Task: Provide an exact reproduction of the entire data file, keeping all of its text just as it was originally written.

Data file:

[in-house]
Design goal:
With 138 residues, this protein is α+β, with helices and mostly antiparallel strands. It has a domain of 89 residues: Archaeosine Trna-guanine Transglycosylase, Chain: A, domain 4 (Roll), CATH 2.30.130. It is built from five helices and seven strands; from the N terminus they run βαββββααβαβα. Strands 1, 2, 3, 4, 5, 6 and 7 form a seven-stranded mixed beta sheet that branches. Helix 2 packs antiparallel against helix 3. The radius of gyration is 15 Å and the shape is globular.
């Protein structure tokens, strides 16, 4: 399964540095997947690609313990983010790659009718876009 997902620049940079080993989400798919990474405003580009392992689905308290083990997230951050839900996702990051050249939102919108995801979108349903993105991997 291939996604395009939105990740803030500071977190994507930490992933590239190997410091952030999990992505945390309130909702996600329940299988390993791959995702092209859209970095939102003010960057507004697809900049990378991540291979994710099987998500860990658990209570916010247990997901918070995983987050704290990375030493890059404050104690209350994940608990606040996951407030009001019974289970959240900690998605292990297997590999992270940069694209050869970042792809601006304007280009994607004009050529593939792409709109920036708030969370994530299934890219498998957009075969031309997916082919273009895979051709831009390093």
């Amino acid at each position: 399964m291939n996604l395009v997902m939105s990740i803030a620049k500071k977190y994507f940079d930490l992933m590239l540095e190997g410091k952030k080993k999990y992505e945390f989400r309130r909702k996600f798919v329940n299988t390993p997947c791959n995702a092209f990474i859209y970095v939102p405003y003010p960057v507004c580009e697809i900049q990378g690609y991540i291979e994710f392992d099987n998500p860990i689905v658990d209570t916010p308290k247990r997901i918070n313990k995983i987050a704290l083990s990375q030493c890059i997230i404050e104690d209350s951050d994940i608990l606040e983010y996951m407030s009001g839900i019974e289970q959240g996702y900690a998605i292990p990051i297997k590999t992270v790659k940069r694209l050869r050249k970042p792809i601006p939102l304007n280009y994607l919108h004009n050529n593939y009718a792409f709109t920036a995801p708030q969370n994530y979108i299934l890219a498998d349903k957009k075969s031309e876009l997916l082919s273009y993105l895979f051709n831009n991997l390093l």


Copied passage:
[in-house]
Design goal:
With 138 residues, this protein is α+β, with helices and mostly antiparallel strands. It has a domain of 89 residues: Archaeosine Trna-guanine Transglycosylase, Chain: A, domain 4 (Roll), CATH 2.30.130. It is built from five helices and seven strands; from the N terminus they run βαββββααβαβα. Strands 1, 2, 3, 4, 5, 6 and 7 form a seven-stranded mixed beta sheet that branches. Helix 2 packs antiparallel against helix 3. The radius of gyration is 15 Å and the shape is globular.
């Protein structure tokens, strides 16, 4: 399964540095997947690609313990983010790659009718876009 997902620049940079080993989400798919990474405003580009392992689905308290083990997230951050839900996702990051050249939102919108995801979108349903993105991997 291939996604395009939105990740803030500071977190994507930490992933590239190997410091952030999990992505945390309130909702996600329940299988390993791959995702092209859209970095939102003010960057507004697809900049990378991540291979994710099987998500860990658990209570916010247990997901918070995983987050704290990375030493890059404050104690209350994940608990606040996951407030009001019974289970959240900690998605292990297997590999992270940069694209050869970042792809601006304007280009994607004009050529593939792409709109920036708030969370994530299934890219498998957009075969031309997916082919273009895979051709831009390093």
């Amino acid at each position: 399964m291939n996604l395009v997902m939105s990740i803030a620049k500071k977190y994507f940079d930490l992933m590239l540095e190997g410091k952030k080993k999990y992505e945390f989400r309130r909702k996600f798919v329940n299988t390993p997947c791959n995702a092209f990474i859209y970095v939102p405003y003010p960057v507004c580009e697809i900049q990378g690609y991540i291979e994710f392992d099987n998500p860990i689905v658990d209570t916010p308290k247990r997901i918070n313990k995983i987050a704290l083990s990375q030493c890059i997230i404050e104690d209350s951050d994940i608990l606040e983010y996951m407030s009001g839900i019974e289970q959240g996702y900690a998605i292990p990051i297997k590999t992270v790659k940069r694209l050869r050249k970042p792809i601006p939102l304007n280009y994607l919108h004009n050529n593939y009718a792409f709109t920036a995801p708030q969370n994530y979108i299934l890219a498998d349903k957009k075969s031309e876009l997916l082919s273009y993105l895979f051709n831009n991997l390093l």